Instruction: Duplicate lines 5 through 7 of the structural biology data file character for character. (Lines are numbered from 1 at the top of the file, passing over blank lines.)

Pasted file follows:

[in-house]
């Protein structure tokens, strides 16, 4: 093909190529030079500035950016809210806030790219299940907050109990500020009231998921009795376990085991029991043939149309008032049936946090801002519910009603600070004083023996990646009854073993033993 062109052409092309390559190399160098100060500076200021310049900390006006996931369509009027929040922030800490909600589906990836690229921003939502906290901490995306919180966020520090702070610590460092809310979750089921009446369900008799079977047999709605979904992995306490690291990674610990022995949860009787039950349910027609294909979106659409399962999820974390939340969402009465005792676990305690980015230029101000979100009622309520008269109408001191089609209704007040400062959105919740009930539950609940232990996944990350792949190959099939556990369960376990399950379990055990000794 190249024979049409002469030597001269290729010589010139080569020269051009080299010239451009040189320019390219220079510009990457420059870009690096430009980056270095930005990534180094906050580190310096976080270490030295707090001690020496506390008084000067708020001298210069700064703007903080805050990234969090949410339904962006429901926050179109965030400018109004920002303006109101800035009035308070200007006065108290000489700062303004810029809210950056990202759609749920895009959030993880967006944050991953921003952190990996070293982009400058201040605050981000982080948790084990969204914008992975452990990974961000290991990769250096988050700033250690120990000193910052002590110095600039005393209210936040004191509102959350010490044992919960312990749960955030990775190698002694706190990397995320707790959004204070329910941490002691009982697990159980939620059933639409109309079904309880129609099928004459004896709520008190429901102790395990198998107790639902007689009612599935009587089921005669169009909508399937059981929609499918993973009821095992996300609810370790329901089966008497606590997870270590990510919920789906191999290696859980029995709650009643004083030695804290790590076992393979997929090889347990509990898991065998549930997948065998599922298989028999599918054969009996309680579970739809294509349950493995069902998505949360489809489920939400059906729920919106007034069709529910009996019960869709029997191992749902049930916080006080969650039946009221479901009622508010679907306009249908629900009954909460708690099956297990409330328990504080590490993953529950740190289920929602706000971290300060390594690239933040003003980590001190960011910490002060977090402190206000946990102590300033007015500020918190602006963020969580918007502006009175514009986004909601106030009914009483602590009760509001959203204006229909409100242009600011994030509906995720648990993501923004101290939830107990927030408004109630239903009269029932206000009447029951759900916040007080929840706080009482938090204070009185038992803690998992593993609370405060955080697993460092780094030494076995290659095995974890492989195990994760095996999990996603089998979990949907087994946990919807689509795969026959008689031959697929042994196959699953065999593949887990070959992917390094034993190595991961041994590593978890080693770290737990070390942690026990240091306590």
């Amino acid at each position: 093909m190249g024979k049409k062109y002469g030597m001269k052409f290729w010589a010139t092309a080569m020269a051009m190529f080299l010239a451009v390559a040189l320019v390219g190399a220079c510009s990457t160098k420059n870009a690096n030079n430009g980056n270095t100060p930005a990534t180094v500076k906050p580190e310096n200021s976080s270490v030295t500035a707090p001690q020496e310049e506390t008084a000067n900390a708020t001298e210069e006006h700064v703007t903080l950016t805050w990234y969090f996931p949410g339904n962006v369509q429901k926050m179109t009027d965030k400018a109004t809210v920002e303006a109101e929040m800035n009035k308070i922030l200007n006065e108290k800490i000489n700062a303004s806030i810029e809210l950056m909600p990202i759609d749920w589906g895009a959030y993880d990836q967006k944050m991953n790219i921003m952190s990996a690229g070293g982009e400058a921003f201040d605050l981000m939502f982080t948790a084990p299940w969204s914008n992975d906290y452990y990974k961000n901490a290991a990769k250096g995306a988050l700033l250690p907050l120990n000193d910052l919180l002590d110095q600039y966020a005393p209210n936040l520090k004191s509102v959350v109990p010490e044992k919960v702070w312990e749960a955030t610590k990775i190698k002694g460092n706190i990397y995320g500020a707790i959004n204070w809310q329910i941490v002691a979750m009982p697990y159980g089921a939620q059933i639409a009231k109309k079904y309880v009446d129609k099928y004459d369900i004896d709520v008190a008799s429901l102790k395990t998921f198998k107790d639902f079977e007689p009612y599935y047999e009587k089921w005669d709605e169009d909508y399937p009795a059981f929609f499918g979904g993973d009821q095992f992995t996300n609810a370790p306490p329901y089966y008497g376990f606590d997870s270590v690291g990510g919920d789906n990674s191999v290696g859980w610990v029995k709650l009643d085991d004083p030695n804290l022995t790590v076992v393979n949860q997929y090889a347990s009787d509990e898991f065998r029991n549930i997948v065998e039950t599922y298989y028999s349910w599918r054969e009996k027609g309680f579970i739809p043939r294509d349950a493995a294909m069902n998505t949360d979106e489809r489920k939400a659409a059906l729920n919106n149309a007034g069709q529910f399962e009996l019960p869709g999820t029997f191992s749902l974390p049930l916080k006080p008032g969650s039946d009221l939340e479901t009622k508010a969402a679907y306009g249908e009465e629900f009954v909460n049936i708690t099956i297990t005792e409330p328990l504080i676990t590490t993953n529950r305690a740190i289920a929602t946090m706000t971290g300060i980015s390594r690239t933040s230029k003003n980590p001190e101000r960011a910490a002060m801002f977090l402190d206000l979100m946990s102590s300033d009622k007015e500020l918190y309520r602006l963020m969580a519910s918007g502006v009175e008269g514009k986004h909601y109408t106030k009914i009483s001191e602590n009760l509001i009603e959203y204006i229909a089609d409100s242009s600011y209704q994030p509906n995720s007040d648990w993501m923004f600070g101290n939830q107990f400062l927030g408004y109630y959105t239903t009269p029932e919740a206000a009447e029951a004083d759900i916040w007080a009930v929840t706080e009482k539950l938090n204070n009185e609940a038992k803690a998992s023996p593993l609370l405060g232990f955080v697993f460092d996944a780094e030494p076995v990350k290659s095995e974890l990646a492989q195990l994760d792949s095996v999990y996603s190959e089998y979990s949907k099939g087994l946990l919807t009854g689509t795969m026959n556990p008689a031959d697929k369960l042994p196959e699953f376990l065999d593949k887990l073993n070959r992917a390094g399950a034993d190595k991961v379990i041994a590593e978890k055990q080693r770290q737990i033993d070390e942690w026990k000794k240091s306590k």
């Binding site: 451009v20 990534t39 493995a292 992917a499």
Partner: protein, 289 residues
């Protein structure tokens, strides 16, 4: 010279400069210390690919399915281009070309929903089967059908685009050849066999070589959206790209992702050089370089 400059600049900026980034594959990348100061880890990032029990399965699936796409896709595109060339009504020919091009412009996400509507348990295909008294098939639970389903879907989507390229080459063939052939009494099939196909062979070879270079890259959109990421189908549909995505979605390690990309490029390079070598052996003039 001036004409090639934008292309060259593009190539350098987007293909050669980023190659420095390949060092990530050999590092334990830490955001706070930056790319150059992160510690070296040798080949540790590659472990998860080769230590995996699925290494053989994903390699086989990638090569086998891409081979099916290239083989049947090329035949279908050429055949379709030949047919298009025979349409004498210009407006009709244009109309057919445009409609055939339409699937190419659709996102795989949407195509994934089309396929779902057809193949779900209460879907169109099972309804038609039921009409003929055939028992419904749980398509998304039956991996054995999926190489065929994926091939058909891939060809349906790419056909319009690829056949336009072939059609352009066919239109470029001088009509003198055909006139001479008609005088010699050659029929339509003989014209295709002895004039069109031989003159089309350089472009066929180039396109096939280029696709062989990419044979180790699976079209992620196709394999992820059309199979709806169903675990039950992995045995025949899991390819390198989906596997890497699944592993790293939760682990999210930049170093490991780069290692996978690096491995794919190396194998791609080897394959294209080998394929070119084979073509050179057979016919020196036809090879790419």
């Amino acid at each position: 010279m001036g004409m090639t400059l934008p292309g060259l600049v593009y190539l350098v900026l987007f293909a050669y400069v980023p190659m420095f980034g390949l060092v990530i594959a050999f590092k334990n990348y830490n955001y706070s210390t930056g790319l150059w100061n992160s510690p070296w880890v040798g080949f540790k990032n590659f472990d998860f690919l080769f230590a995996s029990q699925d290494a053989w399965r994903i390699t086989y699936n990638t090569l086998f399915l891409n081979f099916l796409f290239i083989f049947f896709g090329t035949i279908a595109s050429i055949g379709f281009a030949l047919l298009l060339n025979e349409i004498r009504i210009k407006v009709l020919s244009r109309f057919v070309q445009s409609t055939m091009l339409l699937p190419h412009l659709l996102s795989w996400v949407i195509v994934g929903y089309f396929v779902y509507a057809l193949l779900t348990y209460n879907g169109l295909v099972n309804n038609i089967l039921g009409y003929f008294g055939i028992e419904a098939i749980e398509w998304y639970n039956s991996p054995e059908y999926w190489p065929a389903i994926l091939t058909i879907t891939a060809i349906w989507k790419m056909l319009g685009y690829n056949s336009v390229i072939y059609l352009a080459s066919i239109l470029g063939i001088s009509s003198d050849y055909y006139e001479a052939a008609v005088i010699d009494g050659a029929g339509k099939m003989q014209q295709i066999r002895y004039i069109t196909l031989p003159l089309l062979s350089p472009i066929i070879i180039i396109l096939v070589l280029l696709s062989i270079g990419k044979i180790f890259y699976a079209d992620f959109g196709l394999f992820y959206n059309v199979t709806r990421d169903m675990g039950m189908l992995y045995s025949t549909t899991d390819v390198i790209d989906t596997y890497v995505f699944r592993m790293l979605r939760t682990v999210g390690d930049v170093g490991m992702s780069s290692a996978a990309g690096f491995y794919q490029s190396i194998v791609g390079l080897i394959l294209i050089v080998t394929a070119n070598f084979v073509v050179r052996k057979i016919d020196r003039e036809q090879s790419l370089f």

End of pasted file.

Partner: protein, 289 residues
């Protein structure tokens, strides 16, 4: 010279400069210390690919399915281009070309929903089967059908685009050849066999070589959206790209992702050089370089 400059600049900026980034594959990348100061880890990032029990399965699936796409896709595109060339009504020919091009412009996400509507348990295909008294098939639970389903879907989507390229080459063939052939009494099939196909062979070879270079890259959109990421189908549909995505979605390690990309490029390079070598052996003039 001036004409090639934008292309060259593009190539350098987007293909050669980023190659420095390949060092990530050999590092334990830490955001706070930056790319150059992160510690070296040798080949540790590659472990998860080769230590995996699925290494053989994903390699086989990638090569086998891409081979099916290239083989049947090329035949279908050429055949379709030949047919298009025979349409004498210009407006009709244009109309057919445009409609055939339409699937190419659709996102795989949407195509994934089309396929779902057809193949779900209460879907169109099972309804038609039921009409003929055939028992419904749980398509998304039956991996054995999926190489065929994926091939058909891939060809349906790419056909319009690829056949336009072939059609352009066919239109470029001088009509003198055909006139001479008609005088010699050659029929339509003989014209295709002895004039069109031989003159089309350089472009066929180039396109096939280029696709062989990419044979180790699976079209992620196709394999992820059309199979709806169903675990039950992995045995025949899991390819390198989906596997890497699944592993790293939760682990999210930049170093490991780069290692996978690096491995794919190396194998791609080897394959294209080998394929070119084979073509050179057979016919020196036809090879790419």
């Amino acid at each position: 010279m001036g004409m090639t400059l934008p292309g060259l600049v593009y190539l350098v900026l987007f293909a050669y400069v980023p190659m420095f980034g390949l060092v990530i594959a050999f590092k334990n990348y830490n955001y706070s210390t930056g790319l150059w100061n992160s510690p070296w880890v040798g080949f540790k990032n590659f472990d998860f690919l080769f230590a995996s029990q699925d290494a053989w399965r994903i390699t086989y699936n990638t090569l086998f399915l891409n081979f099916l796409f290239i083989f049947f896709g090329t035949i279908a595109s050429i055949g379709f281009a030949l047919l298009l060339n025979e349409i004498r009504i210009k407006v009709l020919s244009r109309f057919v070309q445009s409609t055939m091009l339409l699937p190419h412009l659709l996102s795989w996400v949407i195509v994934g929903y089309f396929v779902y509507a057809l193949l779900t348990y209460n879907g169109l295909v099972n309804n038609i089967l039921g009409y003929f008294g055939i028992e419904a098939i749980e398509w998304y639970n039956s991996p054995e059908y999926w190489p065929a389903i994926l091939t058909i879907t891939a060809i349906w989507k790419m056909l319009g685009y690829n056949s336009v390229i072939y059609l352009a080459s066919i239109l470029g063939i001088s009509s003198d050849y055909y006139e001479a052939a008609v005088i010699d009494g050659a029929g339509k099939m003989q014209q295709i066999r002895y004039i069109t196909l031989p003159l089309l062979s350089p472009i066929i070879i180039i396109l096939v070589l280029l696709s062989i270079g990419k044979i180790f890259y699976a079209d992620f959109g196709l394999f992820y959206n059309v199979t709806r990421d169903m675990g039950m189908l992995y045995s025949t549909t899991d390819v390198i790209d989906t596997y890497v995505f699944r592993m790293l979605r939760t682990v999210g390690d930049v170093g490991m992702s780069s290692a996978a990309g690096f491995y794919q490029s190396i194998v791609g390079l080897i394959l294209i050089v080998t394929a070119n070598f084979v073509v050179r052996k057979i016919d020196r003039e036809q090879s790419l370089f």